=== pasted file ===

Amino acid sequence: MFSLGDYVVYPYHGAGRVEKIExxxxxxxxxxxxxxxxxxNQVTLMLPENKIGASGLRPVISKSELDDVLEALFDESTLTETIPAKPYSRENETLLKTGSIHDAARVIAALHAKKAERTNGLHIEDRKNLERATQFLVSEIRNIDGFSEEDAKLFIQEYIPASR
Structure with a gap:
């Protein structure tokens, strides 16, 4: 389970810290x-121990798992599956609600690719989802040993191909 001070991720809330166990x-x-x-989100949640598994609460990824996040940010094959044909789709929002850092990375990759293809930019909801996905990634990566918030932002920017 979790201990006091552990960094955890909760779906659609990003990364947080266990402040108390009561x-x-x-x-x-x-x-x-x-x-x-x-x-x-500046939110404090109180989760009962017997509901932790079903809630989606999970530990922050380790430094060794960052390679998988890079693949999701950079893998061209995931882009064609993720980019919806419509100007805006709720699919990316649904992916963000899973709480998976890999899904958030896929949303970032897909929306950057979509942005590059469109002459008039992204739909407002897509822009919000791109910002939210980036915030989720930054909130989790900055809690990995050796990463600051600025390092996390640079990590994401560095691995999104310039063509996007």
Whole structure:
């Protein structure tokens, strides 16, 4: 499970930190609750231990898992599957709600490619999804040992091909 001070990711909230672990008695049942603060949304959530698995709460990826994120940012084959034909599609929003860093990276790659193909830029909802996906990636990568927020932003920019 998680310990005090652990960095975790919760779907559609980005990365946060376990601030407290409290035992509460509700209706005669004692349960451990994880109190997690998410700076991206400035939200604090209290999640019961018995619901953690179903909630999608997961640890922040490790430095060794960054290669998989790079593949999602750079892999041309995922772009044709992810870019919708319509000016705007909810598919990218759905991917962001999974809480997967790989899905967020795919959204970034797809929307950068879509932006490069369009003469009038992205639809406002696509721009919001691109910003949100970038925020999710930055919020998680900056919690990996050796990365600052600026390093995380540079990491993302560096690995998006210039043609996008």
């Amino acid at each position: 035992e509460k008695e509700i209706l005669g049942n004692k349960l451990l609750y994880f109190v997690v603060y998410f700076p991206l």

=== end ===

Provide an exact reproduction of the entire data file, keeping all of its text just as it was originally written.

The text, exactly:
Amino acid sequence: MFSLGDYVVYPYHGAGRVEKIExxxxxxxxxxxxxxxxxxNQVTLMLPENKIGASGLRPVISKSELDDVLEALFDESTLTETIPAKPYSRENETLLKTGSIHDAARVIAALHAKKAERTNGLHIEDRKNLERATQFLVSEIRNIDGFSEEDAKLFIQEYIPASR
Structure with a gap:
């Protein structure tokens, strides 16, 4: 389970810290x-121990798992599956609600690719989802040993191909 001070991720809330166990x-x-x-989100949640598994609460990824996040940010094959044909789709929002850092990375990759293809930019909801996905990634990566918030932002920017 979790201990006091552990960094955890909760779906659609990003990364947080266990402040108390009561x-x-x-x-x-x-x-x-x-x-x-x-x-x-500046939110404090109180989760009962017997509901932790079903809630989606999970530990922050380790430094060794960052390679998988890079693949999701950079893998061209995931882009064609993720980019919806419509100007805006709720699919990316649904992916963000899973709480998976890999899904958030896929949303970032897909929306950057979509942005590059469109002459008039992204739909407002897509822009919000791109910002939210980036915030989720930054909130989790900055809690990995050796990463600051600025390092996390640079990590994401560095691995999104310039063509996007």
Whole structure:
């Protein structure tokens, strides 16, 4: 499970930190609750231990898992599957709600490619999804040992091909 001070990711909230672990008695049942603060949304959530698995709460990826994120940012084959034909599609929003860093990276790659193909830029909802996906990636990568927020932003920019 998680310990005090652990960095975790919760779907559609980005990365946060376990601030407290409290035992509460509700209706005669004692349960451990994880109190997690998410700076991206400035939200604090209290999640019961018995619901953690179903909630999608997961640890922040490790430095060794960054290669998989790079593949999602750079892999041309995922772009044709992810870019919708319509000016705007909810598919990218759905991917962001999974809480997967790989899905967020795919959204970034797809929307950068879509932006490069369009003469009038992205639809406002696509721009919001691109910003949100970038925020999710930055919020998680900056919690990996050796990365600052600026390093995380540079990491993302560096690995998006210039043609996008």
């Amino acid at each position: 035992e509460k008695e509700i209706l005669g049942n004692k349960l451990l609750y994880f109190v997690v603060y998410f700076p991206l």